akkalove one year on

Eastern Phoebe

Dear friends and family,

Last year a phoebe had built a nest just outside Akka’s bedroom window. It kept hovering in front of the window – as if in slow motion. The phoebes are back again this spring and their call will always remind me of her. Alfred took this lovely picture.

I didn’t anticipate – even though I was told – that the one year anniversary of Akka’s death would trigger so much sadness. And so much love. And so much gratitude. Akka taught me so very much in her death. I am in awe of her courage, grace, beauty and quiet. Thank you my sister.

akka nang and mam.jpg
Mam “teaching” Akka and Nango in Sri Lanka.

For those of you grieving the loss of your dear friend, I feel deeply for you and I wish you ease. For my family, I know we are all managing in our own way. May our memories and thoughts of Akka gently but surely transform from sadness into joy. May you be well.

I think this will be my last akkalove email. I wanted to let you know of a couple of ways – in Lanark and in Toronto – that Akka is being remembered.

Rock Elm at Barb and Alfred’s

In Lanark

Akka loved Rock Elms – a beautiful tree that for some reason has become quite rare in the region. After she died I wanted to find seedlings to gift to some of you to plant in her honour. It wasn’t so easy. I contacted all the nurseries in Ontario. None grew them. Finally someone, somewhere, suggested I get in touch with Owen Clarkin who happened to be close by in Ottawa. I did a search for him and then discovered that Owen – Tree Educator, Activist, Treebadour – had led a walk at Susie Osler’s the year before and it was one that Akka had raved to me about. I think Owen fueled Akka’s love for this tree. When I told him what I wanted to do, he went and collected seeds which he has now nurtured into 20 or so wee seedlings that are ready to be planted in Akka’s honour. If you would like to do so, please let me know. I will be receiving them on Sunday.



In Toronto

toronto park bench
Bench meditation in High Park, Toronto.


For those of you in the big smoke, a commemorative bench will be installed along the Humber River in Home Smith Park, one of Akka’s favourite walking routes. Here she would walk regularly with Natale and also with Stephan who will help locate the bench. If you would like to contribute, you can send an etransfer to: akkalovebench@gmail.com.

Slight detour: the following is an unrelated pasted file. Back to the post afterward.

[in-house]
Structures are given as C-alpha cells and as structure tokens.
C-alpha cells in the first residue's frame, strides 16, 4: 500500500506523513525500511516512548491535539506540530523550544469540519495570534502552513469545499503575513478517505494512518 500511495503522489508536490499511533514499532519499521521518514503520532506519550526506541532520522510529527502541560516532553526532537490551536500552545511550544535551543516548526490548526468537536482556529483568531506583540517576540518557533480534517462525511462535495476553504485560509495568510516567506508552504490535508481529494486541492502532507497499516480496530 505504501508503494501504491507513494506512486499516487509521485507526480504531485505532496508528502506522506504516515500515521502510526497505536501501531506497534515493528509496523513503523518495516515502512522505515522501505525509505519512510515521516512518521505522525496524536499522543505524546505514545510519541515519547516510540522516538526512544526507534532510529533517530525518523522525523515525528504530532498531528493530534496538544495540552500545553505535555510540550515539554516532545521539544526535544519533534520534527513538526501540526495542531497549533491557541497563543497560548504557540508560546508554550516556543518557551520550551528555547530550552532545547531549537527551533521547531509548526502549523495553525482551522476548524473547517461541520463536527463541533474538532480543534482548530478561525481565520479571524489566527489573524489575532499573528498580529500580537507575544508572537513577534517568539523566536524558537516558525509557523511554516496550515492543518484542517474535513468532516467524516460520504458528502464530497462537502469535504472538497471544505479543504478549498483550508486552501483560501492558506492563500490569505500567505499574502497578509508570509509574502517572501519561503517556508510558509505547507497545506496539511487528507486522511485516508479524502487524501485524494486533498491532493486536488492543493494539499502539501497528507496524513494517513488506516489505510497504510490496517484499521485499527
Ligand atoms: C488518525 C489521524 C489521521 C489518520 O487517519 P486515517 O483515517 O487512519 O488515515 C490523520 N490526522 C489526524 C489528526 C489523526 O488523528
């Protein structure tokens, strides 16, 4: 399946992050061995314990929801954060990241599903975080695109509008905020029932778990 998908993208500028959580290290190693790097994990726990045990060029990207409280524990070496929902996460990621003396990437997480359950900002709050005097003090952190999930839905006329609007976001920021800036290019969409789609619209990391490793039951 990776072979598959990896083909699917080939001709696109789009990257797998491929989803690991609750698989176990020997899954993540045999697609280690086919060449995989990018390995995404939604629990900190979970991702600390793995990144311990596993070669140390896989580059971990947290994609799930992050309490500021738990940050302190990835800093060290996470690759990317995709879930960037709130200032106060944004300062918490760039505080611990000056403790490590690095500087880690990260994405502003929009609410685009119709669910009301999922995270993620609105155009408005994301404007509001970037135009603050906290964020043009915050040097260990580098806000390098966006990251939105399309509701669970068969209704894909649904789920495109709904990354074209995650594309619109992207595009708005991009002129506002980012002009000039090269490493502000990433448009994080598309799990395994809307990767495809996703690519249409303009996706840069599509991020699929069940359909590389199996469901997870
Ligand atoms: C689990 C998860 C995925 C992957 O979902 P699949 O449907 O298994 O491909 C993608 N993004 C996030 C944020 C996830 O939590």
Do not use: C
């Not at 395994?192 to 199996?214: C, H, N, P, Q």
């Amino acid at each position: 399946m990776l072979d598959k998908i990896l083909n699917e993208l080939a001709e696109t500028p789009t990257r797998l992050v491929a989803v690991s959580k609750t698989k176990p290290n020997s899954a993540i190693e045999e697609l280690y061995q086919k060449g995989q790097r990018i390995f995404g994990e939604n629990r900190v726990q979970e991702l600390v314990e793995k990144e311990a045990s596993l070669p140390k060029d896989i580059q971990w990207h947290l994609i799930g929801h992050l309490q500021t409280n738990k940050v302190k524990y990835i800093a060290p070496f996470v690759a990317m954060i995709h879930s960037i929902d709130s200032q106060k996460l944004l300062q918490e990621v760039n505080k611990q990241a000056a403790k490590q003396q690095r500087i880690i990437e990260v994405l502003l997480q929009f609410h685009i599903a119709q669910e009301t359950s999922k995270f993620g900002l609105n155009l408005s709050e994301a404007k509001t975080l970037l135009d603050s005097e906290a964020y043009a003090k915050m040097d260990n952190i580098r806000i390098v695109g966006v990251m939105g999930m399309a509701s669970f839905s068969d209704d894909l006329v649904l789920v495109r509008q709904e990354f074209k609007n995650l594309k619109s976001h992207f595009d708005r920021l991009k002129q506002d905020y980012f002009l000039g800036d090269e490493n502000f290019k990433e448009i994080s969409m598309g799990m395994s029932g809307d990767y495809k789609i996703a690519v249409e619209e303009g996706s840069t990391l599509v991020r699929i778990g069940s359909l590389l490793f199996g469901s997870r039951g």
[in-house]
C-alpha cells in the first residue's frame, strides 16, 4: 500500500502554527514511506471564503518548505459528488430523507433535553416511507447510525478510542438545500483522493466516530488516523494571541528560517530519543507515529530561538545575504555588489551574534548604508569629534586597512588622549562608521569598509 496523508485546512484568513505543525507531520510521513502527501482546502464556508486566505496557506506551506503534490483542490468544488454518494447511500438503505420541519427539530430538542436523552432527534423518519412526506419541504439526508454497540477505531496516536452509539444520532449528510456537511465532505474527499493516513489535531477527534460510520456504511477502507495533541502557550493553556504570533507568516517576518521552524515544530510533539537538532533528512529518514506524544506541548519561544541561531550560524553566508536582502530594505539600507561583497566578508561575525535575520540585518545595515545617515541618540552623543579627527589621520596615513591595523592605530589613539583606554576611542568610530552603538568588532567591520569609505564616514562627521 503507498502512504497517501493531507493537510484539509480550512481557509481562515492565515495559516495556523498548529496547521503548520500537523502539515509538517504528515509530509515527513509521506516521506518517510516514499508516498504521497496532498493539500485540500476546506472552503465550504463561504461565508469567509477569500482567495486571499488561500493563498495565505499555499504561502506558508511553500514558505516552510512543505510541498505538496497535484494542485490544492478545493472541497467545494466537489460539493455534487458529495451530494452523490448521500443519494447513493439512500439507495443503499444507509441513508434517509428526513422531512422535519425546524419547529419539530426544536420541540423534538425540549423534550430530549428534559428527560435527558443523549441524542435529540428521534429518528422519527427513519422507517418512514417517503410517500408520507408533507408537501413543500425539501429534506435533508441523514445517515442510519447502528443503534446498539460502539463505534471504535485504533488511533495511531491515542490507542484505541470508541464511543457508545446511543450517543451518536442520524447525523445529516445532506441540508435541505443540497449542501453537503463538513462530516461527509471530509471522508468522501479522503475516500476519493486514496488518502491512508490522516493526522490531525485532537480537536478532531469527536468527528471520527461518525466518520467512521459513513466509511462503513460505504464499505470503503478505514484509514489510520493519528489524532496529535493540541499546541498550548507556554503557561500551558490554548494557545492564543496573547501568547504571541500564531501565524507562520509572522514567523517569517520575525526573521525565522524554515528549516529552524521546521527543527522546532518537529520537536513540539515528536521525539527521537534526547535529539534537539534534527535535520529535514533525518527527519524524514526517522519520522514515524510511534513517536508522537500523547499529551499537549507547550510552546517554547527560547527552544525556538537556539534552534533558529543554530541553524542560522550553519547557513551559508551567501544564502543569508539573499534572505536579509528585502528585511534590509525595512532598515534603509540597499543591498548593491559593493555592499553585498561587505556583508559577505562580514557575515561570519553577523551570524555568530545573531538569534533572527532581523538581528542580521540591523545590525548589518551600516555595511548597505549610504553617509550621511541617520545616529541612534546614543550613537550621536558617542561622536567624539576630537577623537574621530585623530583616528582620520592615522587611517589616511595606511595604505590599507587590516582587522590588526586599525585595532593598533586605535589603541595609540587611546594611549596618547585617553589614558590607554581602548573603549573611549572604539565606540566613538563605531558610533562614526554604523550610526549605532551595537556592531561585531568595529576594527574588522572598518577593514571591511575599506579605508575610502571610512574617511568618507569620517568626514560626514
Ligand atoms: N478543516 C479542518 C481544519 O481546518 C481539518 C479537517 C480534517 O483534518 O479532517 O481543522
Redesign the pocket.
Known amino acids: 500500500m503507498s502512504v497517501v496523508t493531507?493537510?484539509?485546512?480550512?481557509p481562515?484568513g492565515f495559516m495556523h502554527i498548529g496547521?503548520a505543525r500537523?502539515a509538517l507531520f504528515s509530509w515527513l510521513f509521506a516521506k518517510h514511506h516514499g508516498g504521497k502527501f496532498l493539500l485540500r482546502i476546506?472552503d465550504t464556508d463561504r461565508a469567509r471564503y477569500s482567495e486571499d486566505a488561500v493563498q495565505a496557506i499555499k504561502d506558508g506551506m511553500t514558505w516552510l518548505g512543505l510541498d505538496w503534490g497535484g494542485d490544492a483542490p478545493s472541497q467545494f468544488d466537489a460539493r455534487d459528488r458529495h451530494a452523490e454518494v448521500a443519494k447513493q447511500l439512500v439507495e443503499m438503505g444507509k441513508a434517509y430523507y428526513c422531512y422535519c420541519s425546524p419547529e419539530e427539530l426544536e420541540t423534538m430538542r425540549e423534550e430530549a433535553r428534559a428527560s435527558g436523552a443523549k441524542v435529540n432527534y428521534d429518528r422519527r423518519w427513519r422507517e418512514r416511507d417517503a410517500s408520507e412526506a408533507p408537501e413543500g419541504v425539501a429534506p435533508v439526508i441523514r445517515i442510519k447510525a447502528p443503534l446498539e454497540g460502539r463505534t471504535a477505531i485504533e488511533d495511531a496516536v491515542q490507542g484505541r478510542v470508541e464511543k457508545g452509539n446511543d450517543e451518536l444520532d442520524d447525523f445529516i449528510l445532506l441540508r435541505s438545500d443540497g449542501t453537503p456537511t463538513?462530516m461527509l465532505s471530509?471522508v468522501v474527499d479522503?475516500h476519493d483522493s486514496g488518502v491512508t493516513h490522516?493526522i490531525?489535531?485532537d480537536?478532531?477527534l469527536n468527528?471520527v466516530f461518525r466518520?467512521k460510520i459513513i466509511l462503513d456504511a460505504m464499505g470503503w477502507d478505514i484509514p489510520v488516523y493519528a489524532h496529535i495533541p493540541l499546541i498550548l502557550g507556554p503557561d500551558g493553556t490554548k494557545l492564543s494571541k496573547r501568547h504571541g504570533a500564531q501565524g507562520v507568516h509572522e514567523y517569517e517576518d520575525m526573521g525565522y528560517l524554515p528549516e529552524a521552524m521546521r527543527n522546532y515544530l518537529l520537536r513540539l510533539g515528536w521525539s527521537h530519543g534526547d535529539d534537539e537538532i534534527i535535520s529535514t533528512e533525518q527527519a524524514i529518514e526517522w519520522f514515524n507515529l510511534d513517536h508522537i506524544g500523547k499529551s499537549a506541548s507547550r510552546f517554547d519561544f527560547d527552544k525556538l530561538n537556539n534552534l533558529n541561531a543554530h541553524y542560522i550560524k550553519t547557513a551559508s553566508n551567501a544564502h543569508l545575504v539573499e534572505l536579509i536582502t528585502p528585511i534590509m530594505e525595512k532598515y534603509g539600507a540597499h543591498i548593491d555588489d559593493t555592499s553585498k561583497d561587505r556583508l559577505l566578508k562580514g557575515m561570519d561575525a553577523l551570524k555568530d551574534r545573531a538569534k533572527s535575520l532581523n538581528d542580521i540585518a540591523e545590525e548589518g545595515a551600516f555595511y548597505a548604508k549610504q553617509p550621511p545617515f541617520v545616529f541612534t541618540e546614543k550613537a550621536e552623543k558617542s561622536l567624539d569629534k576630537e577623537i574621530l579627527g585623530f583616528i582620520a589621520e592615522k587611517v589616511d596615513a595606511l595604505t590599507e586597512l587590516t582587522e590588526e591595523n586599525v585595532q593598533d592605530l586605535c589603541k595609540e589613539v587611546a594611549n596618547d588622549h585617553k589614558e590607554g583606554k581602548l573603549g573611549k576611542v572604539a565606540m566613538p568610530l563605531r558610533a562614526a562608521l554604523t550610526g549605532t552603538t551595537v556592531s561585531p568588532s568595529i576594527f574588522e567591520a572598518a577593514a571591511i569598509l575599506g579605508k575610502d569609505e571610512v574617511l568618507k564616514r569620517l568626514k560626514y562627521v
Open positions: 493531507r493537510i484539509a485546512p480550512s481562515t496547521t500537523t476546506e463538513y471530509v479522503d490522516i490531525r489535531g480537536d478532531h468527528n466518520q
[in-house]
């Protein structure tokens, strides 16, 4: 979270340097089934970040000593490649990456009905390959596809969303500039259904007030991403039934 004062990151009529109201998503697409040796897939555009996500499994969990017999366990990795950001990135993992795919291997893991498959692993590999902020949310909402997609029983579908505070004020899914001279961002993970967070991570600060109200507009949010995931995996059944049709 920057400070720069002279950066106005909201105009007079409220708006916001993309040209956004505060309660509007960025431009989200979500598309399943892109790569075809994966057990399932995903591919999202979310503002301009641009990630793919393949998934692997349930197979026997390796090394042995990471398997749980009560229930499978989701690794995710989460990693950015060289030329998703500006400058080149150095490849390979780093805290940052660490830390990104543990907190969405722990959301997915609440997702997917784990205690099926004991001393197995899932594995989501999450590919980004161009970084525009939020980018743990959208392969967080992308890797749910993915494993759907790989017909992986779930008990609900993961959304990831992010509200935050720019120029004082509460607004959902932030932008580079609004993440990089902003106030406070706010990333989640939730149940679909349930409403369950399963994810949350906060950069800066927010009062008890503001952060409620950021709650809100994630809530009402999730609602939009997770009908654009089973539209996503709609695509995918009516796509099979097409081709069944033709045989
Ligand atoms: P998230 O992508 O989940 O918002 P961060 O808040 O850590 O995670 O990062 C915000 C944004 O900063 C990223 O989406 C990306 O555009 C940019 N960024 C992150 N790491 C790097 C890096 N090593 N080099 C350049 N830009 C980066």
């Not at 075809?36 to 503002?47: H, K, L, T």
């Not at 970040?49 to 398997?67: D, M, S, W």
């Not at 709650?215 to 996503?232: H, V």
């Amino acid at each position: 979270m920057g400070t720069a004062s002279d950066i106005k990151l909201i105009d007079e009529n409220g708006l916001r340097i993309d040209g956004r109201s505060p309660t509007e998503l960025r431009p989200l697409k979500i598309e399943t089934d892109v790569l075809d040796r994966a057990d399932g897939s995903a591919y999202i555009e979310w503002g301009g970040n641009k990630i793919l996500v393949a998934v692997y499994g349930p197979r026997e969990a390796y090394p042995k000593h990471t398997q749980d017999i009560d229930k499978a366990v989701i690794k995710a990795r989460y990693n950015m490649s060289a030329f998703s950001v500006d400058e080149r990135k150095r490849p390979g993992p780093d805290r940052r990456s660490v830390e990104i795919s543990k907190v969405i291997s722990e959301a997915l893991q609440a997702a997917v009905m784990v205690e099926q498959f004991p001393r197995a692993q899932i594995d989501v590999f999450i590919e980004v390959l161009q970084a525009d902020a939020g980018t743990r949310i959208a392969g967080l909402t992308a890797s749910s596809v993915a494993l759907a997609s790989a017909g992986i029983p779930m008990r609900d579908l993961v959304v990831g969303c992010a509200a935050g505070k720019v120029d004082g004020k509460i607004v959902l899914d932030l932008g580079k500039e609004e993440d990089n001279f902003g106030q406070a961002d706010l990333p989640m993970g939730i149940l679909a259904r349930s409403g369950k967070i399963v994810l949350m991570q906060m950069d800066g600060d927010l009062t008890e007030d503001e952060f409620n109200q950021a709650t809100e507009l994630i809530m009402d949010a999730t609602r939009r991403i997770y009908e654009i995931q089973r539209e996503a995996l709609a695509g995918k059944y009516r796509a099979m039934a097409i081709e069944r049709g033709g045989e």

I will make sure to let everyone know when the bench is ready to be sat on!

Thank you, all of you, once again

for your tremendous good will that allowed Akka to live and die at home with dignity, beauty and her inimitable grace. I love that she is constantly remembered by so many of you… through your gardens, a flower, a pretty birdsong, on walks in the woods, by a butterfly…I miss her so much.

Round lobed Hepatica – taken today in Frontenac on one of Akka’s favourite walks

More details on the Rock Elm and the Toronto Park

Rock Elm (Ulmus thomasii) is a unique tree in Ontario’s flora

Historically common, it was extensively logged due to possessing famously hard, tough, and strong wood for early industries such as construction of automobiles, ships, and pianos and is now generally uncommon. Now it has become somewhat obscure even to forestry professionals, and is frequently considered somewhat mysterious and hard to find by those interested in trees. A priority of mine has been to rekindle interest and awareness of this valuable and attractive native species, by documenting populations and growing seedlings for distribution.

Rock Elm makes a statuesque and rugged full-sized shade tree with a growth rate and eventual size and age comparable to Sugar Maple. It is characterized by frequently having thickened cork on twigs, similar to that seen on Bur Oak. It has a pleasant yellow autumn colour, frequently more showy than other Ontario Elms. Such traits and its toughness have made it a favourite species of many people such as myself (it’s actually my favourite tree species).

This tree is famously “tough”, not just in wood but perseverance. It is one of the most drought and heat-tolerant of Ontario’s trees. It grows best on rich well-drained soil (think Sugar Maple) but perseveres on dry uplands and in drought summers better than most other trees. The only local conditions which are unsuitable for planting it are seasonally wet or fully wet soils (avoid planting beside wild-growing willows, floodplains, wetlands, etc.) Some individuals are susceptible to Dutch Elm Disease and die prematurely, whereas other individuals appear to be unaffected and continue to live long lives as of 2018.

Home Smith Park runs along the west side of the Humber River between Lambton House Hotel and the Old Mill Inn. This park is considered a historically significant area due to its former use as a trade route by the local Aboriginal Peoples. Home Smith Park is an excellent spot for wildlife viewing with plenty of waterfowl, songbirds and forest critters. It’s also a great spot to view salmon swimming up the Humber River to spawn each fall. Home Smith Park is fully accessible with a paved trail and a number of pleasant picnic areas.